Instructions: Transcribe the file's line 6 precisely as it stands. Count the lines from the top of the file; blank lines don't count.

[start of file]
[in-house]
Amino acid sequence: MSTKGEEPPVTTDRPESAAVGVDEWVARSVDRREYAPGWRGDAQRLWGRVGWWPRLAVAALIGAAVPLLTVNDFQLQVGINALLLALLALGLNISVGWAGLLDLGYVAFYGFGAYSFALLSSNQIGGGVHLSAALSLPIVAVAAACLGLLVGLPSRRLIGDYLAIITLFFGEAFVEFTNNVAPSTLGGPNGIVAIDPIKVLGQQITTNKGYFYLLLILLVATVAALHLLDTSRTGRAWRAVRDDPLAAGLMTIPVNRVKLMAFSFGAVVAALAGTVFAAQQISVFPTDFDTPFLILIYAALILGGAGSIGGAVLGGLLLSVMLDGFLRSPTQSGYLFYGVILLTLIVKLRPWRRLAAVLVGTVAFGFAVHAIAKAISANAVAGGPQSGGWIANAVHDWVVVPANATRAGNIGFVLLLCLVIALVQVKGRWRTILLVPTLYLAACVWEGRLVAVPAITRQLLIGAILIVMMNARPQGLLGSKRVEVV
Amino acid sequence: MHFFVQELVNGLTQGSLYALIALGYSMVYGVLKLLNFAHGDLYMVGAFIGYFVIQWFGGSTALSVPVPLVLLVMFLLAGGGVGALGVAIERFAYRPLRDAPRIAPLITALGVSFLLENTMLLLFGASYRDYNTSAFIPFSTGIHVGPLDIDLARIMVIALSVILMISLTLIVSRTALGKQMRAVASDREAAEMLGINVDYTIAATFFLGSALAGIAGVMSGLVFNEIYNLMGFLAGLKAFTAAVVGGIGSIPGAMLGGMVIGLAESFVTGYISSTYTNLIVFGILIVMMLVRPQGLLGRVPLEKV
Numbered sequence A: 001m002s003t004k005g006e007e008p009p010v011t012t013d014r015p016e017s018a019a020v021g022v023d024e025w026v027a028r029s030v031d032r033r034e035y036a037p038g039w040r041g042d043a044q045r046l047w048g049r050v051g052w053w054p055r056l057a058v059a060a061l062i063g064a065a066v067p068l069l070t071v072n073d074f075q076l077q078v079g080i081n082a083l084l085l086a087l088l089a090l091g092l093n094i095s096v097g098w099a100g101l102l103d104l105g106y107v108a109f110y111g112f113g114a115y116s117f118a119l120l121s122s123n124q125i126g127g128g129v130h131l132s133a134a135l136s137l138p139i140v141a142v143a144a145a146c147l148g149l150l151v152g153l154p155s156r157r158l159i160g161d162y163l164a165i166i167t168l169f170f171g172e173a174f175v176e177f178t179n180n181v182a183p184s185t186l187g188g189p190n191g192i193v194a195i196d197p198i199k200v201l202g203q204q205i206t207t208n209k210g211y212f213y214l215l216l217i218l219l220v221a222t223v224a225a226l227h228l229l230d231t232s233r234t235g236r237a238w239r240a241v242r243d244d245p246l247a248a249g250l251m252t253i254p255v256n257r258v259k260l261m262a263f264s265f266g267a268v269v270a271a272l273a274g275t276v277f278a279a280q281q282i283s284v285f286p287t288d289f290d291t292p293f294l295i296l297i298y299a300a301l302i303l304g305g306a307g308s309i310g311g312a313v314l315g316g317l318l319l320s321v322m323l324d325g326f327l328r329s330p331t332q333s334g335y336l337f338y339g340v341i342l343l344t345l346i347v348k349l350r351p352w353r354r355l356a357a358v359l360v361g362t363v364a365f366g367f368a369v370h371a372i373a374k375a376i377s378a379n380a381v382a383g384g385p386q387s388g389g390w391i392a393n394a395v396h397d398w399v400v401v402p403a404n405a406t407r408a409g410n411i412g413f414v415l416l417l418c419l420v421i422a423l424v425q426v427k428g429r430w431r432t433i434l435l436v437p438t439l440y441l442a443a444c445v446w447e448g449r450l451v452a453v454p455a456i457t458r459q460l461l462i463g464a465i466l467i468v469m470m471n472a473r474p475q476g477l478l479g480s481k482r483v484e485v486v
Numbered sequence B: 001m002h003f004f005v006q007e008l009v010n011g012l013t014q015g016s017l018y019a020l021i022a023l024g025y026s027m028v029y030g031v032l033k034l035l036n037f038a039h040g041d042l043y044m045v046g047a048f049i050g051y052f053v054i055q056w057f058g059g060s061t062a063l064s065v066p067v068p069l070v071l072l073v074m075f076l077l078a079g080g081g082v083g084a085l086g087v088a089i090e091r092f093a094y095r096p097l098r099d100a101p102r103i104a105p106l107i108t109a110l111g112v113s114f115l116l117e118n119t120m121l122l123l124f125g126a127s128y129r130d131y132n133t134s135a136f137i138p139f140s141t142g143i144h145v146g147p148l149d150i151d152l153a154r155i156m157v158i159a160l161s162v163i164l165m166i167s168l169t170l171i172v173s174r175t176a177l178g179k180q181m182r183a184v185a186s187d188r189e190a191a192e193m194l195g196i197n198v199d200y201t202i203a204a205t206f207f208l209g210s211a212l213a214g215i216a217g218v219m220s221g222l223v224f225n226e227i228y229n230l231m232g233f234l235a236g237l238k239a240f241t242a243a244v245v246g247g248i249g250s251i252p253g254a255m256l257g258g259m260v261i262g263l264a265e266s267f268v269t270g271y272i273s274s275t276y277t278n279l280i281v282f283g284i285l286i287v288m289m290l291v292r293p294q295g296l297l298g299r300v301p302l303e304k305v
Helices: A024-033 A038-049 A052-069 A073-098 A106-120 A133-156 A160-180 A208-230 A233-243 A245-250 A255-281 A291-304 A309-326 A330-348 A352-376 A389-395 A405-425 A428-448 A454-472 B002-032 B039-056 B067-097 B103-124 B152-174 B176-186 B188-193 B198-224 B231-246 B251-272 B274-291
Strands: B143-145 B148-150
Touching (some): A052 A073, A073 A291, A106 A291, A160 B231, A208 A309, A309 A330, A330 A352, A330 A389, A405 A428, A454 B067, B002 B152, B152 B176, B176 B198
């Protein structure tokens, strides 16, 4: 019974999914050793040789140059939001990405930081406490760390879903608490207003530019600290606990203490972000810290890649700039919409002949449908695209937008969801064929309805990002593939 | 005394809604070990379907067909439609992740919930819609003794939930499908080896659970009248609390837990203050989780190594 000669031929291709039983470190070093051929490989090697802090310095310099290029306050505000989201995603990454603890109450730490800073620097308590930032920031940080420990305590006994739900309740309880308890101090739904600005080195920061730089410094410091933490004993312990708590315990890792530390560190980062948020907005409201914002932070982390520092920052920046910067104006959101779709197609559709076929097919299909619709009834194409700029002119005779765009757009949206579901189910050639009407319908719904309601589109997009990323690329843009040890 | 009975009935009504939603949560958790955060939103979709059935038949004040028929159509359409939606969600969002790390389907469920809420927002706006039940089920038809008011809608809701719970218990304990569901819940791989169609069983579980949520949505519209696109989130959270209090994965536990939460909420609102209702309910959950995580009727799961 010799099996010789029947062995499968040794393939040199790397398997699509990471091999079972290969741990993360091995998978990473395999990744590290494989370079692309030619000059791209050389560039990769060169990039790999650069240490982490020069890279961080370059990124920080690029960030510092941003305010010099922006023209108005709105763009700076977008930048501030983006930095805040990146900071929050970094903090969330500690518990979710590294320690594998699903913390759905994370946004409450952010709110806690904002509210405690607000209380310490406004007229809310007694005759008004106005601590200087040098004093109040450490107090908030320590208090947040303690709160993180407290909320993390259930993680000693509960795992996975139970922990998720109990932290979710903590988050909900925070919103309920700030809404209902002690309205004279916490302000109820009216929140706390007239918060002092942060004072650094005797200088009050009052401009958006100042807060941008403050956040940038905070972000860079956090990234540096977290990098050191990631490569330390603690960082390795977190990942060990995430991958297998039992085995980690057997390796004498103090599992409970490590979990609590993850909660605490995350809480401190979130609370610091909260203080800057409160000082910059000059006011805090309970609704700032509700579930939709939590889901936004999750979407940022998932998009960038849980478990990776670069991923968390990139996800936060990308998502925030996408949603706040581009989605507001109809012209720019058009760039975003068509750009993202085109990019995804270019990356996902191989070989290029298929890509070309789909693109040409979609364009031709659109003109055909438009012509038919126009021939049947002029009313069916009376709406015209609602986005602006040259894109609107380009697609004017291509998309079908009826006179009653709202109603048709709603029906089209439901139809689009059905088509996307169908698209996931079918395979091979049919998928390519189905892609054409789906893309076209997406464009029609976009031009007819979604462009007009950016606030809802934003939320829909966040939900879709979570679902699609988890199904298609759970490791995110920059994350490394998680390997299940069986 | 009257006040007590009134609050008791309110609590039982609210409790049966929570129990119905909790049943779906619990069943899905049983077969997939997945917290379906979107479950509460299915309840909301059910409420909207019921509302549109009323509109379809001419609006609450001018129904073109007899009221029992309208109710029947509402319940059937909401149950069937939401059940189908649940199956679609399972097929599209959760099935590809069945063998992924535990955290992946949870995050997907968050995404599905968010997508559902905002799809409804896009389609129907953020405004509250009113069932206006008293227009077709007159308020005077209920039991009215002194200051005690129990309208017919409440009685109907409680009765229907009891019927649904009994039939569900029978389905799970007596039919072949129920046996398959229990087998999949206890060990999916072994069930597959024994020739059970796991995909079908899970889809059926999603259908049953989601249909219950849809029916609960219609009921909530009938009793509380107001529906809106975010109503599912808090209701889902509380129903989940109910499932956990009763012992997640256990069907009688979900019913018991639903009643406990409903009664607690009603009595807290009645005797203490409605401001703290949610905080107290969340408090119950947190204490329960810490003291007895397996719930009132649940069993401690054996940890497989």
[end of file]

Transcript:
Helices: A024-033 A038-049 A052-069 A073-098 A106-120 A133-156 A160-180 A208-230 A233-243 A245-250 A255-281 A291-304 A309-326 A330-348 A352-376 A389-395 A405-425 A428-448 A454-472 B002-032 B039-056 B067-097 B103-124 B152-174 B176-186 B188-193 B198-224 B231-246 B251-272 B274-291